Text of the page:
"Robin Hood" to Open Cannes Film Festival

In this film publicity image released by Universal Pictures, Russell Crowe is shown in a scene from "Robin Hood." (AP Photo/Universal Pictures, David Appleby) AP Photo/Universal Pictures

Hard times for the economy. Hard times for the Cannes Film Festival, at least in terms of splashy Hollywood films for which the world's most prestigious cinema showcase is known.

Cannes opens Wednesday with Russell Crowe, Cate Blanchett and Ridley Scott's "Robin Hood," one of the few A-list premieres at this year's festival, whose lineup has an undercurrent of economic themes.

The timing of Cannes could not be better for "Robin Hood." The movie opens theatrically Wednesday in France and elsewhere over the next two days, including the U.S. debut Friday. The media frenzy as Crowe and Blanchett strut the Cannes red carpet is great publicity as it tries to compete with current blockbuster "Iron Man 2."

Photos: Summer Cinema 2010
Photos: Cannes Film Festival Preparations 2010

"It's an honor, but it's also bloody useful. Everything today is marketing. You've got to get positioned really fast. You better establish yourself in that opening week," said director Scott, who was not attending Cannes because of recent knee surgery. "We're very happy to be opening Cannes, because it's such an enormous venue and helps get your film out there."

Along with "Robin Hood," starring Crowe as the roguish archer battling medieval robber barons, Cannes offers a first look at financial wolves of our own times with Michael Douglas in Oliver Stone's "Wall Street: Money Never Sleeps," the follow-up to their 1987 hit "Wall Street."

The 12-day festival also features director Charles Ferguson's "Inside Job," a documentary narrated by Matt Damon that examines the causes of the economic meltdown. The Directors' Fortnight, a lineup of films outside the festival's main program, also features Jean-Stephane Bron's "Cleveland vs. Wall Street," about a lawsuit against mortgage bankers the city blames for devastating real-estate foreclosures.

Stone's "Wall Street" follow-up brings back Douglas' corporate raider Gordon Gekko. After getting caught in the first film, Gekko did eight years in prison, wrote a memoir and now is itching to get back into the trading game from which he is barred.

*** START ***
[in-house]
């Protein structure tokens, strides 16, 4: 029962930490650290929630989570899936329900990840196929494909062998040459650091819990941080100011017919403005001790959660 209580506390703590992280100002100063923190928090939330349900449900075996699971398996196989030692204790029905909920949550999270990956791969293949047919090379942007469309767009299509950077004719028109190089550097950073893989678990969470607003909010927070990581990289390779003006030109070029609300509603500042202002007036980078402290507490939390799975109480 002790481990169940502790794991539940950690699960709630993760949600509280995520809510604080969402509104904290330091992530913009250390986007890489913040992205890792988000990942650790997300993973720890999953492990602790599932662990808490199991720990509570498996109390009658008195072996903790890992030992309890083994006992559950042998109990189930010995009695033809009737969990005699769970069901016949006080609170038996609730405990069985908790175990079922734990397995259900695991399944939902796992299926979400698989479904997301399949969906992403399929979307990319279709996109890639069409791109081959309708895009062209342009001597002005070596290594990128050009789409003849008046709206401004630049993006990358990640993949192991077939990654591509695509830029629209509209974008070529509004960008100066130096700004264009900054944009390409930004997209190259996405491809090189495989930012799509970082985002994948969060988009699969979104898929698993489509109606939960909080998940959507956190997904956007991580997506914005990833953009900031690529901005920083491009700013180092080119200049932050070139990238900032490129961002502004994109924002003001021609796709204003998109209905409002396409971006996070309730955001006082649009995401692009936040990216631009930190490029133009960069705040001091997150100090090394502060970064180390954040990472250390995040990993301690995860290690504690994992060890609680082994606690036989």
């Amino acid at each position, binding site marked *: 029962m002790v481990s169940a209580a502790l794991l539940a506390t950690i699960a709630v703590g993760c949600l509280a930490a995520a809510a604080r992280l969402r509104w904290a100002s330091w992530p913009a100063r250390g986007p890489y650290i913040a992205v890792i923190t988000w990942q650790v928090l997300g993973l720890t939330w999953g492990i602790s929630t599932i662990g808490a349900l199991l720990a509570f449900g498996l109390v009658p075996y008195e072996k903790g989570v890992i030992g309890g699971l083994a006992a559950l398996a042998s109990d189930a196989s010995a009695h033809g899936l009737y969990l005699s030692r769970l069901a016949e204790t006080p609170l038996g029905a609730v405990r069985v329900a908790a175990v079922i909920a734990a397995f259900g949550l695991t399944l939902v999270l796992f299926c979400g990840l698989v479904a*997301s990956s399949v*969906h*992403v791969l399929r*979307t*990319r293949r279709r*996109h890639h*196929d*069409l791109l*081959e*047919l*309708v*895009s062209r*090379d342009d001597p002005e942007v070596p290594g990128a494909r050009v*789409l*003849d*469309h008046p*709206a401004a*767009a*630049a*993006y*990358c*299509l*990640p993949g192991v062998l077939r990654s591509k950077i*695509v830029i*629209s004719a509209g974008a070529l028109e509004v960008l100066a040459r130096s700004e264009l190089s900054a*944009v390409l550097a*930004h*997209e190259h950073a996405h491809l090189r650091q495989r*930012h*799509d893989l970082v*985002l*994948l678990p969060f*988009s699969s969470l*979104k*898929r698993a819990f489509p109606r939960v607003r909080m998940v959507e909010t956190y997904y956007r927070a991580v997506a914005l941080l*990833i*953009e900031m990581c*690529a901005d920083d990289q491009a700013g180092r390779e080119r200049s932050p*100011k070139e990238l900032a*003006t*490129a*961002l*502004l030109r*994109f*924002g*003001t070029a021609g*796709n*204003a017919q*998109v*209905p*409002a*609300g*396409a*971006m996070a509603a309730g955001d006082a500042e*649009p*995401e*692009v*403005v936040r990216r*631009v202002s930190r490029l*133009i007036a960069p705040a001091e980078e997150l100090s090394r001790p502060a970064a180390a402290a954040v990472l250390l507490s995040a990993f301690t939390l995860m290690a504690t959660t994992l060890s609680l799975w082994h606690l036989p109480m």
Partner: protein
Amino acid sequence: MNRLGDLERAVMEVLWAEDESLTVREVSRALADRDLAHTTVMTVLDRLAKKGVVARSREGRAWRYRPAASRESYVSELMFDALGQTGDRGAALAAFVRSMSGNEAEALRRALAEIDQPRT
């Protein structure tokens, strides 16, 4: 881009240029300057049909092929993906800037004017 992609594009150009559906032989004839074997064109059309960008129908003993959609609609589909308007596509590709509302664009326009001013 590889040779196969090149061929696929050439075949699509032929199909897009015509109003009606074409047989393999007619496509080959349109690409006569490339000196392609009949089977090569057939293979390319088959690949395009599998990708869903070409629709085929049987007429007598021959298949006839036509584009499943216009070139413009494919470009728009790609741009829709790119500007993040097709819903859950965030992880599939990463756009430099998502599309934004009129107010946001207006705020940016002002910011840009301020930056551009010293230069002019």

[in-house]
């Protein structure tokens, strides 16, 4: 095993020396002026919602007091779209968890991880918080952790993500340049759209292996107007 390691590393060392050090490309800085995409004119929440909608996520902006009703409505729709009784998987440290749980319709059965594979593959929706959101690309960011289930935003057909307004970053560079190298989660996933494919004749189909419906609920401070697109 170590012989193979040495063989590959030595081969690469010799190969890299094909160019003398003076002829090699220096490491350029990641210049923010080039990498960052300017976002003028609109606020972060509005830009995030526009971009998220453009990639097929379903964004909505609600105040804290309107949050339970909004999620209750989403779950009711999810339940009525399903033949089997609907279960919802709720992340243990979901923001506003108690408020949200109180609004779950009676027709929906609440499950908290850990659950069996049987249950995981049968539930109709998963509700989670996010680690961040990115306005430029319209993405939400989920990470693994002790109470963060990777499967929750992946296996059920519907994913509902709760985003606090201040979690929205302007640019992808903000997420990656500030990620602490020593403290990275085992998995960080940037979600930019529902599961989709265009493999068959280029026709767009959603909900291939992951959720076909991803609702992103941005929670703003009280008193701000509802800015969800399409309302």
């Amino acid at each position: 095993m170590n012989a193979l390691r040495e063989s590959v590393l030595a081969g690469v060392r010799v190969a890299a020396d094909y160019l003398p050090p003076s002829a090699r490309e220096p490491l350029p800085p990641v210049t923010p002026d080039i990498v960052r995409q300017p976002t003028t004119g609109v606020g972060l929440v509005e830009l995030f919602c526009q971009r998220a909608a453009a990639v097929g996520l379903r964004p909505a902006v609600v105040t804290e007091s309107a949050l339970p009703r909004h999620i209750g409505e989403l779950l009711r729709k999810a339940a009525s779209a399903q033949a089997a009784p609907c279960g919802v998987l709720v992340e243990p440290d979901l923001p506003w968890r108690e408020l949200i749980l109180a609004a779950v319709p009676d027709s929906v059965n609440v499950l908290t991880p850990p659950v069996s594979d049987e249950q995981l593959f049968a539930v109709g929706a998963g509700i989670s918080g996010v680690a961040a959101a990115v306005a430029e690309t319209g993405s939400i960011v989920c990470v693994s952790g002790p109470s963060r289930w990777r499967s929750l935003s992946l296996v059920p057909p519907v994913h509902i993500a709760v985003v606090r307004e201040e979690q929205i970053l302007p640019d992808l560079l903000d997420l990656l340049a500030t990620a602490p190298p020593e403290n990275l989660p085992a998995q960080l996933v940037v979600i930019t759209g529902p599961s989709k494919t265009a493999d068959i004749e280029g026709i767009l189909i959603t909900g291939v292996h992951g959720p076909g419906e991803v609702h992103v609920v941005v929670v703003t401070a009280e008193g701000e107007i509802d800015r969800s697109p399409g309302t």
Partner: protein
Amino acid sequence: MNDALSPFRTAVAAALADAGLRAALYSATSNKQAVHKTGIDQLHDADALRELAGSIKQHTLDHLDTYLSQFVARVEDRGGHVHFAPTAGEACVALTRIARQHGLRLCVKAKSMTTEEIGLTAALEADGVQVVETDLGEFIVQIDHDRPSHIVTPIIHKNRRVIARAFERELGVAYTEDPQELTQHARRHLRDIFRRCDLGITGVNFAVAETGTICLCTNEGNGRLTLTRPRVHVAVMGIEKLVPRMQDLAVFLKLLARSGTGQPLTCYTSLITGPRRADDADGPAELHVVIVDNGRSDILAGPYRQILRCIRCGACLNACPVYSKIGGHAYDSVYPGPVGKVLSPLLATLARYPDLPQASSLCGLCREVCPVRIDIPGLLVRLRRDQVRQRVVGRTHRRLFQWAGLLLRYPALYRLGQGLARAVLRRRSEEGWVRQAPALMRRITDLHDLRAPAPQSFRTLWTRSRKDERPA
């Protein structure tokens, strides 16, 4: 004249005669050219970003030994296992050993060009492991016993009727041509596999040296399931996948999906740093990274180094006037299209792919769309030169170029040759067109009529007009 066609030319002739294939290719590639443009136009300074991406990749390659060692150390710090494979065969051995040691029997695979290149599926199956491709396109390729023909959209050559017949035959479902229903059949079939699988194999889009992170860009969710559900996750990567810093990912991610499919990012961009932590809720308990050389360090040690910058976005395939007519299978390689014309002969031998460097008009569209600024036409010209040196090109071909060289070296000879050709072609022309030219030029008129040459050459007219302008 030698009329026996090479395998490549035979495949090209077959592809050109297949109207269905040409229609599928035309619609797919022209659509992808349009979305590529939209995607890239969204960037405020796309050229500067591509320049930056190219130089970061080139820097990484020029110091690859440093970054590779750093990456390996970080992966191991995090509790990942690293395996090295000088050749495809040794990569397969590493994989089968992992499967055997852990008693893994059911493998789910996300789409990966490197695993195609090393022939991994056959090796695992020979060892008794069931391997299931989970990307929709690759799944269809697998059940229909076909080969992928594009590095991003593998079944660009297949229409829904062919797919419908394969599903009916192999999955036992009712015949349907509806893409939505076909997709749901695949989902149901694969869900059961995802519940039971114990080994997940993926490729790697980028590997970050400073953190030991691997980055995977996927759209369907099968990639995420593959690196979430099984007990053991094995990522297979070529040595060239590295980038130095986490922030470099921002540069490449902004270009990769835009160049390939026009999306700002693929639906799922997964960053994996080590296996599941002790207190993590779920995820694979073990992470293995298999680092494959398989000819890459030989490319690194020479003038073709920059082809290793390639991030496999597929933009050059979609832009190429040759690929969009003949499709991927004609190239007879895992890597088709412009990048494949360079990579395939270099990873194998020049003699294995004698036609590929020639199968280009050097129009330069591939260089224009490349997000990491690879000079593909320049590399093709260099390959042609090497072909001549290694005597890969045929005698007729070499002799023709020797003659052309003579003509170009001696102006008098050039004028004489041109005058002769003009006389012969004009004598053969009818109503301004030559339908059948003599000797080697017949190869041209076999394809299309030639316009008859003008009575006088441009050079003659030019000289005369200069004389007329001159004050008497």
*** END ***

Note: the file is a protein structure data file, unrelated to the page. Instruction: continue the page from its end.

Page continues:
Set amid the financial chaos of 2008, the new movie is not simply the further adventures of Gekko but a story about the runaway train Wall Street has become since the first film, Stone said.

"Our movie goes beyond. We're not really chasing the movie, because it's 22 years later," Stone said. "We're trying to bookend it and say this is a new 'Wall Street,' this is 'Wall Street 2.' This is another time and place. Things have changed, and millions of dollars have now become billions of dollars."

The new "Wall Street" co-stars Shia LaBeouf, Carey Mulligan, Josh Brolin and Frank Langella, and it features a brief appearance from Charlie Sheen, reprising his role from the original.

"Inside Job" is a nonfiction counterpart, chronicling the long prelude of greed and excess before the economy went bust.

"A gigantic crisis was a quasi-inevitable result of the emergence over the last 30 years of investment banking as an unregulated, out-of-control, criminal industry," director Ferguson said. "As the industry grew and became wealthier, became more powerful, it progressively disabled all the alarm systems and corrupted all the people and institutions that should have restrained it and did restrain it prior to the 1980s."

Brolin also co-stars with Naomi Watts, Antonio Banderas, Anthony Hopkins and Freida Pinto in Woody Allen's ensemble romance, "You Will Meet a Tall Dark Stranger," which premieres at Cannes. Watts has another Cannes entry, co-starring with Sean Penn in Doug Liman's "Fair Game," in which she plays CIA covert operative Valerie Plame, whose identity was leaked by officials in the Bush administration.

"Fair Game" is the only film by an American director among the 19 competing for the Palme d'Or, the festival's top prize. As many as five American films have competed in past years, and festival director Thierry Fremaux said he hopes the scant American presence will be temporary.

"The Cannes Film Festival must show more American films," he said. "That's part of our tradition and part of what we want for the future."

Most of the big-name films at Cannes, including Stone, Allen and Scott's movies, are screening out of competition. Others playing out of competition include Stephen Frears' comedy "Tamara Drewe," starring Gemma Arterton; Diego Luna's child drama "Abel"; and Olivier Assayas' five-hour-plus terrorism epic "Carlos," with Edgar Ramirez.

The competition includes three films directed by past Palme d'Or winners: Mike Leigh's "Another Year," starring Jim Broadbent; Ken Loach's "Route Irish"; and Abbas Kiarostami's "Certified Copy." Also in the running are two films from past winners of the festival's directing prize: Alejandro Gonzalez Inarritu's "Biutiful," with Javier Bardem, and Bernard Tavernier's "The Princess of Montpensier."

The fact that only 19 films are in the festival's main competition indicates that organizers had fewer to choose from this time. The competition typically includes 20 to 22 films.

"Last year, numerous important directors were at Cannes. This year, most of these important filmmakers are writing or filming - working, in any case," Fremaux said. "The selection process was, therefore, a delicate matter, given the absence of all these filmmakers. The selection is a nice one, one which forced us to use our imagination."
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